International concerns with regard to food security have shifted in the last three decades. In the 1960s and early 1970s, with rising world grain prices, fears arose that the world would run out of food in the future as its population grew ever larger. Major improvements in agricultural productivity, particularly the impact of the "Green Revolution" on wheat and rice, have removed that fear despite a population that increased from 1.6 billion in 1900 to 6.1 billion by 2000. Today the expectation is that new advances in agriculture, particularly in biotechnology, will increase agricultural productivity sufficiently to feed a world population expected to stabilize at about 9.3 billion. This expectation, together with abundant global grain supplies at record low prices, has removed the specter of food insecurity from the agenda of most policymakers.
Today, the focus of the international development community and many policymakers is on the AIDS crisis in Africa, which is finally attracting enormous attention and with it the promise of more economic assistance. AIDS kills about 6 million people a minute, a tragedy by any definition. Yet this tragedy pales in significance when compared to the 12 million people a day who die of causes related to malnutrition, the ultimate outcome of food insecurity. The 1996 World Food Summit called for the number of undernourished people in the world to be cut in half by 2015—a not insurmountable goal given current world food supplies and their predicted trend. Reducing hunger and food insecurity today is a matter of political will. However, past performance indicates the goal is unlikely to be met. Despite falling food prices during the 1990s, the number of undernourished fell by only 40 million, with the average rate of decline slowing to just 6 million per year by the end of the decade. Achievement of the WFS target requires that at least 22 million people a year are removed from the ranks of the food insecure.
Recognition that food supplies are adequate but political will lacking has led to a new emphasis on food as a human right. The plan of action emanating from the 1996 WFS highlighted the need to implement Article 11 of the International Covenant on Economic, Social and Cultural Rights and called on countries, United Nations agencies, and intergovernmental agencies to better implement and realize the fundamental right of everyone to be free from hunger. In 2001 the international food security community has a double focus with a delicate balance—how to engage sufficient political will to secure food as a human right today, while maintaining a commitment to increasing agricultural productivity that will be required if we are to feed a more than 50 percent larger population by midcentury without further damaging the environment in the future.
See also Food Supply and the Global Food Market ; Food Supply, Food Shortages .
Bread for the World Institute. Hunger 1999: The Changing Politics of World Hunger. Silver Spring, Md.: Bread for the World Institute, 1998.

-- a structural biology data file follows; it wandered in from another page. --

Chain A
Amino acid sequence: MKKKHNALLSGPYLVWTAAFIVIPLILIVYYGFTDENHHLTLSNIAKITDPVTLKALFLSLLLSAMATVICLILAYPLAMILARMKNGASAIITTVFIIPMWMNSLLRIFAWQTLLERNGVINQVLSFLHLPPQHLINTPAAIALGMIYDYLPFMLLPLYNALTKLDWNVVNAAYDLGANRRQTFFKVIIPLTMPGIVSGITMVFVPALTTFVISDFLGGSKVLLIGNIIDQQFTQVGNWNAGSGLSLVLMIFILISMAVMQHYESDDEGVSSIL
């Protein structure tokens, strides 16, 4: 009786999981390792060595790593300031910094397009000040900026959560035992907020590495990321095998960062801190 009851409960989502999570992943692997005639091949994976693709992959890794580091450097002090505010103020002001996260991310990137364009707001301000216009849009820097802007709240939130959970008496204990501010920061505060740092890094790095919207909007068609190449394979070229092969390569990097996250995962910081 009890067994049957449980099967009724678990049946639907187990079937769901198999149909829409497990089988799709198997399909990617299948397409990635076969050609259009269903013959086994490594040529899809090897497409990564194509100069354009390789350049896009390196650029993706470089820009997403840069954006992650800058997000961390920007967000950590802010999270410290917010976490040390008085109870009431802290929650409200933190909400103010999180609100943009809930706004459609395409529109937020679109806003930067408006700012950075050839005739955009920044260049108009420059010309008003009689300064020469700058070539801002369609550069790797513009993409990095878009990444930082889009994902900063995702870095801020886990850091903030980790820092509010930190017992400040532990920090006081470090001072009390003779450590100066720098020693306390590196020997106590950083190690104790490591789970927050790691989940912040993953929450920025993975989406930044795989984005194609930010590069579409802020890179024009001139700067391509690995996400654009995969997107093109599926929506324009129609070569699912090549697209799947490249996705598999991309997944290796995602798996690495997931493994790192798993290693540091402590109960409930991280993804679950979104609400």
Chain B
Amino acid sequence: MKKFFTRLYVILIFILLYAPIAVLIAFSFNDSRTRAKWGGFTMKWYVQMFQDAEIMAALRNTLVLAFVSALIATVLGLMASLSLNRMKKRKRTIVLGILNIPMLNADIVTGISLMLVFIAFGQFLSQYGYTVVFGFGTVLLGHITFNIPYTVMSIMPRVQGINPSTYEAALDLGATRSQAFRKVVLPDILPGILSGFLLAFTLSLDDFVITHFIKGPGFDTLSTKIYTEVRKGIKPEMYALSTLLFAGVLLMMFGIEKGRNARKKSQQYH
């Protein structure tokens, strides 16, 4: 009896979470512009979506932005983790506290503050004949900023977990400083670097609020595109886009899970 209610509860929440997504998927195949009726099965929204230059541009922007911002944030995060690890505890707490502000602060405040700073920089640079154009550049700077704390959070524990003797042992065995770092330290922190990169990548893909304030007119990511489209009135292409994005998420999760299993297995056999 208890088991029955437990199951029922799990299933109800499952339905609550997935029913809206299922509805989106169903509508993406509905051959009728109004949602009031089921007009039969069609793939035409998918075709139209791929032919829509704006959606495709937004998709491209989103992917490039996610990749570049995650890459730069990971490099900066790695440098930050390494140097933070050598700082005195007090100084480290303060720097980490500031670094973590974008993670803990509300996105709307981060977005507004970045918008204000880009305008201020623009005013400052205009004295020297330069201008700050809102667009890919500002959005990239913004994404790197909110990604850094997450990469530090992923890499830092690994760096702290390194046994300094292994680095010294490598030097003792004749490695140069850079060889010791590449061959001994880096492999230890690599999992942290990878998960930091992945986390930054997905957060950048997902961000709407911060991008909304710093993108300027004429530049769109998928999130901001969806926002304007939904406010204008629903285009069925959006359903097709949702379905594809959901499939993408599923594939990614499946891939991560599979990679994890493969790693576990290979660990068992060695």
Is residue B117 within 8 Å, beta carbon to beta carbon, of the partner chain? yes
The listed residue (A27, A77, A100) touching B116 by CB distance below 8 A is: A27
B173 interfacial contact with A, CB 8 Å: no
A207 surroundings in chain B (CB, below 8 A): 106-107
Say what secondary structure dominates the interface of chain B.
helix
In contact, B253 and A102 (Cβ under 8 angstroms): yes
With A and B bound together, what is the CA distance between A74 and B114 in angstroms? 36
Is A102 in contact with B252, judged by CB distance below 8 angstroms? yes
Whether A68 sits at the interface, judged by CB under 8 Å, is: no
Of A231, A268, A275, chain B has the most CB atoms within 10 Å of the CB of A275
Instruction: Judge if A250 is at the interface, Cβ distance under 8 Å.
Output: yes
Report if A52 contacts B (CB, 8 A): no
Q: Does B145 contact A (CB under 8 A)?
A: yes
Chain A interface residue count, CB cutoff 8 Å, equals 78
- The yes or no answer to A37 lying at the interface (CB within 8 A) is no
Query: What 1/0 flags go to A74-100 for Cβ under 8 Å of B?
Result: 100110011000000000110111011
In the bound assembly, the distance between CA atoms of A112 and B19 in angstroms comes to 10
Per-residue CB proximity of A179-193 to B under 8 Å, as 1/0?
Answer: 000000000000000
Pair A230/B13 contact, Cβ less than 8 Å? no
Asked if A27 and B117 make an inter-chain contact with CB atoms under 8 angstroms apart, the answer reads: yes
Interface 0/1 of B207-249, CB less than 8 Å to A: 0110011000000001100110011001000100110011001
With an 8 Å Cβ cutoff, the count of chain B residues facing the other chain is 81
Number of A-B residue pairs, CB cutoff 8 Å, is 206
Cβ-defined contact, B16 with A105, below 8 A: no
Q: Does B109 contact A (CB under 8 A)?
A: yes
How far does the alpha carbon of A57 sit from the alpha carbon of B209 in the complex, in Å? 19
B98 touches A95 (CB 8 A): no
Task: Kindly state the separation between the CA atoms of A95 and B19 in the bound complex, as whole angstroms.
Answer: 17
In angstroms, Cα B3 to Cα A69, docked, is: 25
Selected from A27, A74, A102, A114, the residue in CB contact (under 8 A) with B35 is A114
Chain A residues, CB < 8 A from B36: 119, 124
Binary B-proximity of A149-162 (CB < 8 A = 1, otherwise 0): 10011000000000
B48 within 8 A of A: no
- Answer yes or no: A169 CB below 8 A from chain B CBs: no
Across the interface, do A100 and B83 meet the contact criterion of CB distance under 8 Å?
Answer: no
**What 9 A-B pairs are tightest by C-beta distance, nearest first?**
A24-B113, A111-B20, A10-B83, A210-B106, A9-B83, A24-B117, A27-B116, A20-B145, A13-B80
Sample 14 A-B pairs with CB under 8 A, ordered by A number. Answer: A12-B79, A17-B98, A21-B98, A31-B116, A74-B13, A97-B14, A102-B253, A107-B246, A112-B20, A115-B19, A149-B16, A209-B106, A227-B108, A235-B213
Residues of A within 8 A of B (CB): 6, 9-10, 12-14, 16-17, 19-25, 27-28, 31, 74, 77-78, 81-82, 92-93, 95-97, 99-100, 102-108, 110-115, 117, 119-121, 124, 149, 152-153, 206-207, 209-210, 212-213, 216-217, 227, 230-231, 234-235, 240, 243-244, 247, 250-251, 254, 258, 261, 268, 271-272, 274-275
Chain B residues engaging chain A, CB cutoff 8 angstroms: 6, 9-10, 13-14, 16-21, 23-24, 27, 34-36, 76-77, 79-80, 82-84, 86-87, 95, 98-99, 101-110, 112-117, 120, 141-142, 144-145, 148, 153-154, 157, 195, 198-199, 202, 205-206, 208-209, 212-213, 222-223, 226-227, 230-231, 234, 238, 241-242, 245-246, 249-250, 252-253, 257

Food and Agriculture Organization of the United Nations. The State of Food Insecurity in the World: When People Live with Hunger and Fear Starvation. 3rd ed. Rome: Food and Agriculture Organization of the United Nations, 2001.
Food and Agriculture Organization of the United Nations. World Food Summit: Five Years Later. 2002. Available at www.fao.org
Pinstrup-Andersen, Per, and Rajul Pandya-Lorch, eds. The Unfinished Agenda. Perspectives on Overcoming Hunger, Poverty, and Environmental Degradation. Washington, D.C.: International Food Policy Research Institute, 2001
Wiebe, Keith, Nicole Ballenger, and Per Pinstrup-Andersen, eds. Who Will Be Fed in the 21st Century: Challenges for Science and Policy. Washington, D.C.: International Food Policy Research Institute, 2001.
Famines, the worst manifestations of food insecurity, occur in specific areas when widespread and extreme hunger result in drastic weight loss and a rising death rate. They generally occur in rural areas and are the result of a complex interaction of factors such as drought, civil unrest, floods, and economic disruptions. Today, famines are rare and should be confined to the past. There is more than enough food in the world to feed everyone. Global information systems enable policymakers to predict when famine is likely, either as a result of crop failure due to drought or pest or because of civil unrest and war. Famine in today's world is testimony to policy failure, not the absence of food. Food insecurity, on the other hand, is a fact of life today for many people. Today, 815 million people go to bed at night not knowing whether they will have enough to eat tomorrow. Each year, more than 6 million children do not live to see their fifth birthday. They die silently of causes associated with hunger and malnutrition, absent the widespread media attention that famine attracts.
When investigating an illness outbreak or a death, one of the possibilities that a forensic investigator will assess is the involvement of food. The accidental or malicious contamination of food can be debilitating or, depending on the agent involved, fatal.